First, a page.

Plants cespitose or not, short-rhizomatous. Culms solitary or not, erect, (25-)40-90(-110) cm. Leaves 6-12; basal sheaths purplish red; sheath of distal leaf 0-1.5(-2.5) cm; ligules rounded, 2.5-6 mm; blades 12-34 cm × 4-11 mm. Inflorescences 2.5-17 cm; peduncles of proximal pistillate spikes 0.7-3.5 cm, basal 2 peduncles 1-4(-12) cm apart; peduncle of terminal spike 0.5-6 cm; bracts leafy, usually sheathless, blades 8-26 cm × 2-7 mm. Spikes: proximal pistillate spikes 1-2(-3), densely (4-)8-35-flowered, separate to aggregated, globular, 2.5-4.2 × 2.6-4.1 cm; terminal staminate spike 1, 0.5-6.5 cm × 1-4 mm. Pistillate scales 1-5-veined, lanceolate-ovate to ovate-orbicular, 4-11 × 2-4.2 mm, apex obtuse to awned, awn to 7 mm, rough. Anthers 3, 2.5-4.8 mm. Perigynia radiating out in all directions, strongly 16-25-veined, rhombic-ovoid, 12.5-20 × 4-8 mm, base cuneate, dull, glabrous or, sometimes, hispidulous; beak poorly defined, 1.5-3 mm. Achenes sessile, ellipsoid to obovoid, faces convex, angles not thickened, 3.3-4.8 × 2.6-3.7 mm; style withering. Fruiting May-Aug. Mesic to wet deciduous forests, forest openings, usually on fine alluvial or lacustrine deposits, riverbottoms; 0-500 m; Ont., Que.; Ala., Ark., Conn., Del., D.C., Fla., Ga., Ill., Ind., Iowa, Kans., Ky., Md., Mass., Mich., Minn., Miss., Mo., N.Y., N.C., Ohio, Okla., Pa., S.C., Tenn., Vt., Va., Wis. Pubescence on the perigynia of Carex grayi is most frequently found in plants from the Midwest and South.
Stems 3-9 dm, solitary or in small clusters, scabrous on the angles above; rhizomes wanting; basal sheaths persistent, purplish-red; lvs 4-11 mm wide, the uppermost nonbracteal one (as also the bracts) sheathless or with a sheath seldom over 1 cm; terminal spike staminate, 0.5-5.5 cm, on a peduncle of 0.5-6 cm; pistillate spikes 1 or 2, densely fld, globular, ±approximate, on peduncles 0.7- 3.5 cm, their bracts leafy, 8-26 cm; pistillate scales 4-11 mm, lance-ovate to orbicular-ovate, often tipped with a rough awn to 7 mm; perigynia 8-35, radiating in all directions from the short axis, dull, sometimes hispidulous, 12.5-20 נ4-8 mm, strongly 16-25-nerved, rhombic-ovoid, cuneate to the base, tapering from the widest point to a poorly defined, bidentate beak 1.5-3 mm, the teeth hispidulous internally; achene 3.3-4.8 נ2.6-3.7 mm, convexly trigonous, not thickened on the angles; style persistent but withering, sometimes contorted; 2n=52, 54. Moist woods; Mass., Vt., s. Que., and s. Ont. to Wis. and se. Minn., s. to Ga. and Mo.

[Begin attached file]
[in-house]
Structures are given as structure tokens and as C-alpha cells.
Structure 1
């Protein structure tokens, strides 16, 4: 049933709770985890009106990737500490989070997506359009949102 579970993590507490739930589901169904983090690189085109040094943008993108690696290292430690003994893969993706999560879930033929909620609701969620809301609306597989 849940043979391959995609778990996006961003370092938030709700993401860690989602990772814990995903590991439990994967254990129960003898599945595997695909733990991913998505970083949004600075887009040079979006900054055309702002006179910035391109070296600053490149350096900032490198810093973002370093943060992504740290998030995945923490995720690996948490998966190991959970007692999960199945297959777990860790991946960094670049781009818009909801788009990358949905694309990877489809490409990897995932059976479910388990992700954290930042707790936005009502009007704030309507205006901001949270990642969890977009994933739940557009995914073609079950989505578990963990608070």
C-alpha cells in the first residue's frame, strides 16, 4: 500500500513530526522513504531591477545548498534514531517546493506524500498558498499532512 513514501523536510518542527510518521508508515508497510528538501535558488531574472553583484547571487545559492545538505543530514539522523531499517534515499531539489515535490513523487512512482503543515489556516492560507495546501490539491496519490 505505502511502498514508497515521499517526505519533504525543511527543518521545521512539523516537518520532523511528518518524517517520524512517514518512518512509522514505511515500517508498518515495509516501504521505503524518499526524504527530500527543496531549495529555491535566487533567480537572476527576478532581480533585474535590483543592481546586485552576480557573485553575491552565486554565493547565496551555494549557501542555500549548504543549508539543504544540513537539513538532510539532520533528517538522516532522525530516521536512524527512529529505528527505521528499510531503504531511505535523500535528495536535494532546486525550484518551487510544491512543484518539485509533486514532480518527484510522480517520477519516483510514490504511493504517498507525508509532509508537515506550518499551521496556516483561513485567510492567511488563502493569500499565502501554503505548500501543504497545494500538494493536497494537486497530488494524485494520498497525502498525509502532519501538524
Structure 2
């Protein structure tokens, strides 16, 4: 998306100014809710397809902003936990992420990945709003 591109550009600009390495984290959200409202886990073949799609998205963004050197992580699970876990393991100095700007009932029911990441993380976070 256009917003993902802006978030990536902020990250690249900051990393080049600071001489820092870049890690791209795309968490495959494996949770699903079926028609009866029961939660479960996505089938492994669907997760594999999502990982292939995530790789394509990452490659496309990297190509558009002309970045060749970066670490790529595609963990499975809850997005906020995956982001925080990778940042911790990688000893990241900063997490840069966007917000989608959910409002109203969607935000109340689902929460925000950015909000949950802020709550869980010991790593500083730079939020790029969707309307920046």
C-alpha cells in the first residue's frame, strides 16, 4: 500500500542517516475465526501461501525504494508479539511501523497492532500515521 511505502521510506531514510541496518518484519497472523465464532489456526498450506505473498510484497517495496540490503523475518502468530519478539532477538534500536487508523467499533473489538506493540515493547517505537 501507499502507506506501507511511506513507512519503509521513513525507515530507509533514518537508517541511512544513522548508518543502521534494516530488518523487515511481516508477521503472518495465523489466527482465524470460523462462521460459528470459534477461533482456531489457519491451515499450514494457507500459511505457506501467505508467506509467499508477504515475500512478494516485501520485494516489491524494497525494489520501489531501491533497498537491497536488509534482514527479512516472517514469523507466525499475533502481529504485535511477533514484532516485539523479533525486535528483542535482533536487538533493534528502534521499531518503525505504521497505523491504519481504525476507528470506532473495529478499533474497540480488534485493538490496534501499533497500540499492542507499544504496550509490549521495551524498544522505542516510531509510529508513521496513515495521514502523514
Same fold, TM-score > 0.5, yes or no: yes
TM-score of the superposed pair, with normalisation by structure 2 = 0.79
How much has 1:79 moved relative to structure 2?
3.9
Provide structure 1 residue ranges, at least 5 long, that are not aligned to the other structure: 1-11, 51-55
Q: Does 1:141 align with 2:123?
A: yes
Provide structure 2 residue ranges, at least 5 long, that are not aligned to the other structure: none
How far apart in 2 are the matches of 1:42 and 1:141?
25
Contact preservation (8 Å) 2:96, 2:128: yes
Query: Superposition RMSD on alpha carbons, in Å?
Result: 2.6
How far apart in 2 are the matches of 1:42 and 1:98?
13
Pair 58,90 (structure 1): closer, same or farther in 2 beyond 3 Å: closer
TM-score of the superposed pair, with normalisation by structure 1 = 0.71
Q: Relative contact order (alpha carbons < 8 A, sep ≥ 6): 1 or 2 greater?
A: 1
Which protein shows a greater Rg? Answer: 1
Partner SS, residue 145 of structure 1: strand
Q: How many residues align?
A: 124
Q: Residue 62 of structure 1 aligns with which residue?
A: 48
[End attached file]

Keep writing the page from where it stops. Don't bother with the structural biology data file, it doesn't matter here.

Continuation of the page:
Gleason, Henry A. & Cronquist, Arthur J. 1991. Manual of vascular plants of northeastern United States and adjacent Canada. lxxv + 910 pp.
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From Flora of Indiana (1940) by Charles C. Deam
Common, but local, in low rich woods and on banks of creeks and borders of swamps. Widely distributed in the state but generally not found in abundance at any one locality. It is one of the most conspicuous of the sedges and so is apt to be collected more often than some of the inconspicuous species which may be actually more common. The form known as var. hispidula shows no geographic segregation and doubtless does not merit even formal recognition. J. K. Underwood, of the University of Tennessee Agricultural Experiment Station, writes that he has observed the same plants which one year had hispidulous perigynia to be perfectly glabrous the next season.
Citation: The vPlants Project. vPlants: A Virtual Herbarium of the Chicago Region. http://www.vplants.org
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